Send to Friend  Bookmark  Print

How Religious Differences Came Between Us

October, 2005

The romance was a whirlwind. I am an observant Jew, he is Catholic; I'm a Democrat, and he is a Republican; I come from a small Jewish family, and he comes from a large, close, Catholic family. We spoke of our differences and what we have in common and decided we could make our relationship work despite the differences.

Rod and I were married on a Sunday by a mayor in my brother-in-law's home. My parents agreed to come and accept us as a couple. Rod agreed we would keep kosher in our home and celebrate the Jewish holidays and Sabbath. Unfortunately, this became an issue with my in-laws, for they felt that I was forcing my religion on my husband. Rod's dad was accepting of our life choice, but his step-mother and siblings began to show their dislike of me and resentment of the fact that we keep kosher. They had been happy with me when I agreed to marry in the church (but it didn't work out due to the church's demand that I have my first marriage annulled) but were not pleased when they learned I would continue to practice my religion.

It was easy at first with all the holidays. We spent Christmas with his family and Hanukkah with mine, Easter with his and Passover with mine. The issue of food was a problem, but I managed.

My belief has always been that my husband has the right to celebrate his holidays, as I celebrate mine. The one thing I insisted on is that we not combine Christmas and Hanukkah. I did feel the coldness of my family and their disappearance during the holidays, for they refused to come to our home for fear of seeing that tree.

I knew in my heart that I needed to raise our children Jewish, but that they also had to have knowledge of their father's religion. Rod and I talked about this and he agreed, more because of the relationship he had developed with my parents, for that relationship was extremely important to him. My parents treated Rod as a son, and Rod felt close to them. While his parents had been nicer at first, while my parents withdrew, after our marriage my parents reached out to Rod and his family withdrew.

We baptized the girls first and my husband's family was present while mine were absent. Then our children were converted to Judaism and named in the synagogue. We planned it this way to please his family while also ensuring that our children would be Jewish. My husband's family was invited but only a few showed up, and the absences of the others were felt. The conversion became the dividing line between his family and any acceptance of our daughters and me. The baptism of our oldest daughter was the last time his family ever stepped foot in our home.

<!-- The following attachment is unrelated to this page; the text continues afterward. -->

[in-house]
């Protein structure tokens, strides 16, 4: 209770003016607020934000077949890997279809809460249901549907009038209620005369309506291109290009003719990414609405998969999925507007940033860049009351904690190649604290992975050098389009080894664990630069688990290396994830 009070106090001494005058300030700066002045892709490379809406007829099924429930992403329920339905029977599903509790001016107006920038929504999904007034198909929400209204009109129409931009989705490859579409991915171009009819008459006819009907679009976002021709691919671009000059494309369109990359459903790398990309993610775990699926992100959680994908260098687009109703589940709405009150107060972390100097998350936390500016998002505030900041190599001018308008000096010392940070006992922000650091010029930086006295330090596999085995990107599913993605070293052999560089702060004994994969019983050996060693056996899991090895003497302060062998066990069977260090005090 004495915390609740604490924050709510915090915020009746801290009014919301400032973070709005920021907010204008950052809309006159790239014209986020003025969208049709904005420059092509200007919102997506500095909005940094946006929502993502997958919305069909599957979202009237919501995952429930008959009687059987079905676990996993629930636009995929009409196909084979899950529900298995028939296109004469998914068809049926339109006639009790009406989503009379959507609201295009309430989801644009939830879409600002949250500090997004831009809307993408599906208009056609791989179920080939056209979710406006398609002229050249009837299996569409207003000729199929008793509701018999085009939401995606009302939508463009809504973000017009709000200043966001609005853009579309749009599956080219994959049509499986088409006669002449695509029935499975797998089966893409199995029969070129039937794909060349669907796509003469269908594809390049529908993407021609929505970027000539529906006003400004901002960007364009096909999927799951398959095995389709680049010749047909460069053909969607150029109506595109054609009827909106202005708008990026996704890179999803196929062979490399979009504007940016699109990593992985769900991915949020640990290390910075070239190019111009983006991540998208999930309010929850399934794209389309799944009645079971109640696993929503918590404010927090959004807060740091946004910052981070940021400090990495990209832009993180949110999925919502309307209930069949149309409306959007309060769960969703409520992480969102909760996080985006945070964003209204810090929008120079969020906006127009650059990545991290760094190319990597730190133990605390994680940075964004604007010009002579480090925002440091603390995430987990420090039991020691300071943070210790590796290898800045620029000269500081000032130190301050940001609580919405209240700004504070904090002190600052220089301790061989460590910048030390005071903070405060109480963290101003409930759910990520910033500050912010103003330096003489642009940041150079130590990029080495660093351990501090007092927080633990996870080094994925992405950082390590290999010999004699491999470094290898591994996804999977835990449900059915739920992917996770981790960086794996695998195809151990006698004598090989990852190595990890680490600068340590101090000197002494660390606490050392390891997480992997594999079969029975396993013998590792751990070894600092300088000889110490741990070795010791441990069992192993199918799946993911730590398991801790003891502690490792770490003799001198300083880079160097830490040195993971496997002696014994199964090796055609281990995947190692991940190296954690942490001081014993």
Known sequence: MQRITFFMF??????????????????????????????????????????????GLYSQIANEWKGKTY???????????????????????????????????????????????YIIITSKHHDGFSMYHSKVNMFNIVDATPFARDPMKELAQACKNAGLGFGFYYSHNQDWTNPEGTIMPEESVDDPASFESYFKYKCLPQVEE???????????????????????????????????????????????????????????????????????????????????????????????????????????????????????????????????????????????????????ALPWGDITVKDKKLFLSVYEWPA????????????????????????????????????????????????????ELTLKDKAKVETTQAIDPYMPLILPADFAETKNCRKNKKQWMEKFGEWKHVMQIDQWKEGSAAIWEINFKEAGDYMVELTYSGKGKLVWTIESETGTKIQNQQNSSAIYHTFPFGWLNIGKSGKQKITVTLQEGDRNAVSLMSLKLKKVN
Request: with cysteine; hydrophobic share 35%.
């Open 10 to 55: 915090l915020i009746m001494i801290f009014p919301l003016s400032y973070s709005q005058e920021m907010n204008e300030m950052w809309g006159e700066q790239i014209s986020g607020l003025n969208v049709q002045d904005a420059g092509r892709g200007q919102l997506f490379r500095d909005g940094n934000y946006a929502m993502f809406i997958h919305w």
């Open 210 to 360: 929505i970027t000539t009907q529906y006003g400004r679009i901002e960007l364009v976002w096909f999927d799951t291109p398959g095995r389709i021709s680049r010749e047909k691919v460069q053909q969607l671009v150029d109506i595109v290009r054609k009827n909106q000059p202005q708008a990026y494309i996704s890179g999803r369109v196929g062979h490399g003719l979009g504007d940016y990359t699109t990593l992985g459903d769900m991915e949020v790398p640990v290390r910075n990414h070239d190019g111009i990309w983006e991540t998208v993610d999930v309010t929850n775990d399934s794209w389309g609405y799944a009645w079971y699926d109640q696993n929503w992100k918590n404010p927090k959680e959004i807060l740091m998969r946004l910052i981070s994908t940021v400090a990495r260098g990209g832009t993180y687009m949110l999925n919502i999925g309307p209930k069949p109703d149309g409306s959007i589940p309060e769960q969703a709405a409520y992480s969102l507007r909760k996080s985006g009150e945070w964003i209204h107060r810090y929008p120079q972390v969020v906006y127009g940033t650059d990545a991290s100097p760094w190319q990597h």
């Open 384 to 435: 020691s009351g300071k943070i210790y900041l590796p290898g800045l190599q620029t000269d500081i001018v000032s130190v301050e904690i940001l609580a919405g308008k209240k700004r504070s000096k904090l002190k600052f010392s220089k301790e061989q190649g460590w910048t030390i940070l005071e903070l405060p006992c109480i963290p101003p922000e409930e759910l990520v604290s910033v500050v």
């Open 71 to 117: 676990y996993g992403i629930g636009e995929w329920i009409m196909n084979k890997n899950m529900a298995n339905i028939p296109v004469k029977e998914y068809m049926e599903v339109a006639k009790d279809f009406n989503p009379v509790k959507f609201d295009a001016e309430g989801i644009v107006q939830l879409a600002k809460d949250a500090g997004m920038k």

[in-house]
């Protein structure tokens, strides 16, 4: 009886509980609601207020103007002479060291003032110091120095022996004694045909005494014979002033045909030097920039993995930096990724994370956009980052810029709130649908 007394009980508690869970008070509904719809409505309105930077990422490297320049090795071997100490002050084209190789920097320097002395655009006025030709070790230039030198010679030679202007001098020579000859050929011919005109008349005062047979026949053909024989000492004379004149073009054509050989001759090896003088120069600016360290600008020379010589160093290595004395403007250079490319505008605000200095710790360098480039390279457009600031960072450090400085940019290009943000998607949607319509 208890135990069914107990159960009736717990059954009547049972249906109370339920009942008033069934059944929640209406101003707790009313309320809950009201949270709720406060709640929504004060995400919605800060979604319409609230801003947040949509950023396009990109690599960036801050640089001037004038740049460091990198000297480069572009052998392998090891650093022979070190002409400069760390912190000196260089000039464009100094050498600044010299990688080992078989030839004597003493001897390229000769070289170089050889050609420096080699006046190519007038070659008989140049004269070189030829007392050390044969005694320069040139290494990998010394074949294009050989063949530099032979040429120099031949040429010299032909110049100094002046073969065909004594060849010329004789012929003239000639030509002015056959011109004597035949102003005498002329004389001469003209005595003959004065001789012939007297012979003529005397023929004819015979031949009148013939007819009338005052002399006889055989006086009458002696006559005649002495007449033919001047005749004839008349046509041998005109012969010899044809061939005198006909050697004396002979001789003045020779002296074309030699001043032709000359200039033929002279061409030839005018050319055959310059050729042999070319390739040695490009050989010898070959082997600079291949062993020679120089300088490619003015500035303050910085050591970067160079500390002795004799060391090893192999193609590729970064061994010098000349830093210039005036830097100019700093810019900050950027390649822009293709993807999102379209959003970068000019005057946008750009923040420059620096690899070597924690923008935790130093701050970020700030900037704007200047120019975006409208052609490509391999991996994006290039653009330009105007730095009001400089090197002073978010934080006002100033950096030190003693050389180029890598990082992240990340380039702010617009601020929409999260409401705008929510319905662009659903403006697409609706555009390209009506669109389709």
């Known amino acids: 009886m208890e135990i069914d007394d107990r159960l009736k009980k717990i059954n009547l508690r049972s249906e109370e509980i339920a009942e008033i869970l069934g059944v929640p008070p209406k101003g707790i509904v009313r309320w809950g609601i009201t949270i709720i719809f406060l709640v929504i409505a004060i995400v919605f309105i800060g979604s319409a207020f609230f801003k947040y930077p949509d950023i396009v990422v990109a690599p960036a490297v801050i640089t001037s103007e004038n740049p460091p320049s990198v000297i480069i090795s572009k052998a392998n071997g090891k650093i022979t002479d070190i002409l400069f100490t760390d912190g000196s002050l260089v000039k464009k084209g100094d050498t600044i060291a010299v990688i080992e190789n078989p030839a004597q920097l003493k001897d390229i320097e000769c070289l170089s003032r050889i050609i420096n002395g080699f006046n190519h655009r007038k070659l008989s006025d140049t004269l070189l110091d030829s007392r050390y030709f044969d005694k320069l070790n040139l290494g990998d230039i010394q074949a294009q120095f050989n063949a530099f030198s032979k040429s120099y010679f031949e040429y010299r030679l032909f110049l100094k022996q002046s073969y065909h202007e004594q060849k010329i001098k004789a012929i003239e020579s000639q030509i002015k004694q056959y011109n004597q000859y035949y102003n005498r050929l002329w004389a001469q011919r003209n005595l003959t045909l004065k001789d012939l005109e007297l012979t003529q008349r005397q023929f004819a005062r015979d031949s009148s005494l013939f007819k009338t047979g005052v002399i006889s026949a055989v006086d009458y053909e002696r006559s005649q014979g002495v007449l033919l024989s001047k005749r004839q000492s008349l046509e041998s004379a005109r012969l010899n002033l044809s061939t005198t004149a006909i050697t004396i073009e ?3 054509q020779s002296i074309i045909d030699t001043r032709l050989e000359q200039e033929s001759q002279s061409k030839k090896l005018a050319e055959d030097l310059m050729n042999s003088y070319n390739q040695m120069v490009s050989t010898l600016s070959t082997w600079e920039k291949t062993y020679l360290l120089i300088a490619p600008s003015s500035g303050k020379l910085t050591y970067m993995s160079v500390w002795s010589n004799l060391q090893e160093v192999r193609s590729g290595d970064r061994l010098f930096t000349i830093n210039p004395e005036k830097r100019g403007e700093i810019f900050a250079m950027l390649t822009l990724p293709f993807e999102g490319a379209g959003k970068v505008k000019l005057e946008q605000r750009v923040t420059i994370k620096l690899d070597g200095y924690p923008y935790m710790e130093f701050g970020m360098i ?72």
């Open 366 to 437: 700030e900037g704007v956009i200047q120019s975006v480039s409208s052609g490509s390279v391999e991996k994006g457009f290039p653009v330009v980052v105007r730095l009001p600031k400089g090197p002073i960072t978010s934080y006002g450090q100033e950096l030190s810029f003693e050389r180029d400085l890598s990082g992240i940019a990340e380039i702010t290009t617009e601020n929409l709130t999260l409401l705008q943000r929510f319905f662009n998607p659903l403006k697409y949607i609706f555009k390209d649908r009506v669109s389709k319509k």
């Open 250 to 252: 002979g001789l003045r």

Rod's family wanted the girls raised Catholic and able to eat anything. In fact, one of his sisters made a statement that she could not wait to get the girls alone to have them try ham or bacon. Rod tried to explain to her that keeping a kosher home was a decision we had both made, but she refused to hear it. It did not matter that I went to RCF classes to learn about Catholicism in order to teach the children about their father's religion.

I felt freer from family conflicts once we moved to a different part of the country. As the children grew, we celebrated all the holidays in our home. We taught the girls that we were Jewish and Daddy is Catholic. The girls from the start were taught to accept all people and to understand that we are all different.

Even coming home for visits divided the families. Rod's family refused to step into my parents' home and they refused to invite my side of the family into their home. We felt divided. We would have a get-together at my parents' home for my side of the family, and then go to Rod's family and have a get-together. We kept the families separated, for this was the only way to see Rod's family. They felt I robbed Rod of his beliefs and did not want to hear how we were raising the children, nor did they want to hear that this was their brother/son's decision.

Then we had to move for Rod's job again, back to within two hours of both of our families. Issues developed around holidays, since Rod's family would not come to our home. I knew the issues were due to us keeping kosher and that our home seemed like a Jewish home. We had nothing in our home, such as a cross, that would say a non-Jew lived here, but there were lots of mezuzahs and Jewish objects.

The children never understood why their father's family didn't acknowledge or accept the fact that they were Jewish. We explained to the children that Daddy's family did not celebrate the Jewish holidays and that they felt that we should only acknowledge the holidays Daddy celebrated.

At Easter time I would buy kosher-for-Passover candy and place it in plastic eggs so my husband and the children could participate with his family in an Easter egg hunt. Our children's eggs were always decorated differently from the others in order to tell them apart. I would make up an Easter basket using Passover candy and educational toys. I would ask my in-laws not to give our children candy, but instead books, stuffed animals, etc., but they would make sure the girls' baskets were filled with candy.